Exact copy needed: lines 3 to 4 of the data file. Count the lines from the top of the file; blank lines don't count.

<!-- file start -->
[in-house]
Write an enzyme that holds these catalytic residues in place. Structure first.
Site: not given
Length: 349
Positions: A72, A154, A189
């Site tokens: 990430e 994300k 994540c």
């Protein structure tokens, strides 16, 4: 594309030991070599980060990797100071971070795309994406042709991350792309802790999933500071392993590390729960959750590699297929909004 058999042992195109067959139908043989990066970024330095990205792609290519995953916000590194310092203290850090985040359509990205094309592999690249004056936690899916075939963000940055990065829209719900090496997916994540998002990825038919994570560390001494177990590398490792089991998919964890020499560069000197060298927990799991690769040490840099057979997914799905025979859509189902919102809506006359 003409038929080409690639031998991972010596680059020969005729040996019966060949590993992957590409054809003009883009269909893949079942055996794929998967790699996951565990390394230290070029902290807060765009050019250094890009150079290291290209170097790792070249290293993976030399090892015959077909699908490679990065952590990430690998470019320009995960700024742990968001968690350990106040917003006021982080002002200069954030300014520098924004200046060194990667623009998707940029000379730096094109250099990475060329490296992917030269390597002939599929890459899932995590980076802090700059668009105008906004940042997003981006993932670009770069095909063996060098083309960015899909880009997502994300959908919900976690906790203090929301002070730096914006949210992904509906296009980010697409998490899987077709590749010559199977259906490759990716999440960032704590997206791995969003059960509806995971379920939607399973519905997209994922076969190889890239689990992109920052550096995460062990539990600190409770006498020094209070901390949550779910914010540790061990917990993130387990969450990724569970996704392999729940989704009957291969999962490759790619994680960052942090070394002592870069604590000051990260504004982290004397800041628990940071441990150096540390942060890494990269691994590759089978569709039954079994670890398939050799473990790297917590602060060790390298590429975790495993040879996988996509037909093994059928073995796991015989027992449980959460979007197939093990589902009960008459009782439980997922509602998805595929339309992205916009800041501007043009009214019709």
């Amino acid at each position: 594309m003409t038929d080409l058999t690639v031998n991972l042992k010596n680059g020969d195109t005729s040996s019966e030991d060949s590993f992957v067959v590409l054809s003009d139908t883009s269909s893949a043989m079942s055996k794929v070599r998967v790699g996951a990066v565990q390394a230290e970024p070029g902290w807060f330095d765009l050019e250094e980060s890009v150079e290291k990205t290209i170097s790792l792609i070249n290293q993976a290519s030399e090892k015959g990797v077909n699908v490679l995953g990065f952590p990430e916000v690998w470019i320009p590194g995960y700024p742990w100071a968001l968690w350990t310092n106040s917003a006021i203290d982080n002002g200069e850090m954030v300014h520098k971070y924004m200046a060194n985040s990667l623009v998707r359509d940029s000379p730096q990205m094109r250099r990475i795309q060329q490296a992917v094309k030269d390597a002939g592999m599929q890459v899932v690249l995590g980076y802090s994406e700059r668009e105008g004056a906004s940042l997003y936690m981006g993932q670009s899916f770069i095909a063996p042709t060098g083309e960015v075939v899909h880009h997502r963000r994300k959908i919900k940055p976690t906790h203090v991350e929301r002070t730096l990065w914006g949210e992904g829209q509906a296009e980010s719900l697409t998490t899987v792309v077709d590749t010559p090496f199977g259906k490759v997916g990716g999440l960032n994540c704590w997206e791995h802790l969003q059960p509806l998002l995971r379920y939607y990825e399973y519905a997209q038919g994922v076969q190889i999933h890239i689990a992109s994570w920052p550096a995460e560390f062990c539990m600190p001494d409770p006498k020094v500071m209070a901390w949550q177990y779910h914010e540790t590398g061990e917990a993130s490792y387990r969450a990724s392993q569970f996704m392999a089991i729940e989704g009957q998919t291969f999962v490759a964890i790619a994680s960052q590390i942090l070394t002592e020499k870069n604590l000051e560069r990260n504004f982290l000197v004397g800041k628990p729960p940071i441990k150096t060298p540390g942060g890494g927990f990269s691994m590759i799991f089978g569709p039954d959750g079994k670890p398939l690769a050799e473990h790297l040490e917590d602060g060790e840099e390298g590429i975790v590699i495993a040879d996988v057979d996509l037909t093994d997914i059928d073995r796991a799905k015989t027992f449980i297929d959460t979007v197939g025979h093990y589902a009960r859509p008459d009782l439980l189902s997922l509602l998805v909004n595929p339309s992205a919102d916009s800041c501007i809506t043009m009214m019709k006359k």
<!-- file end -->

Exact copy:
Site: not given
Length: 349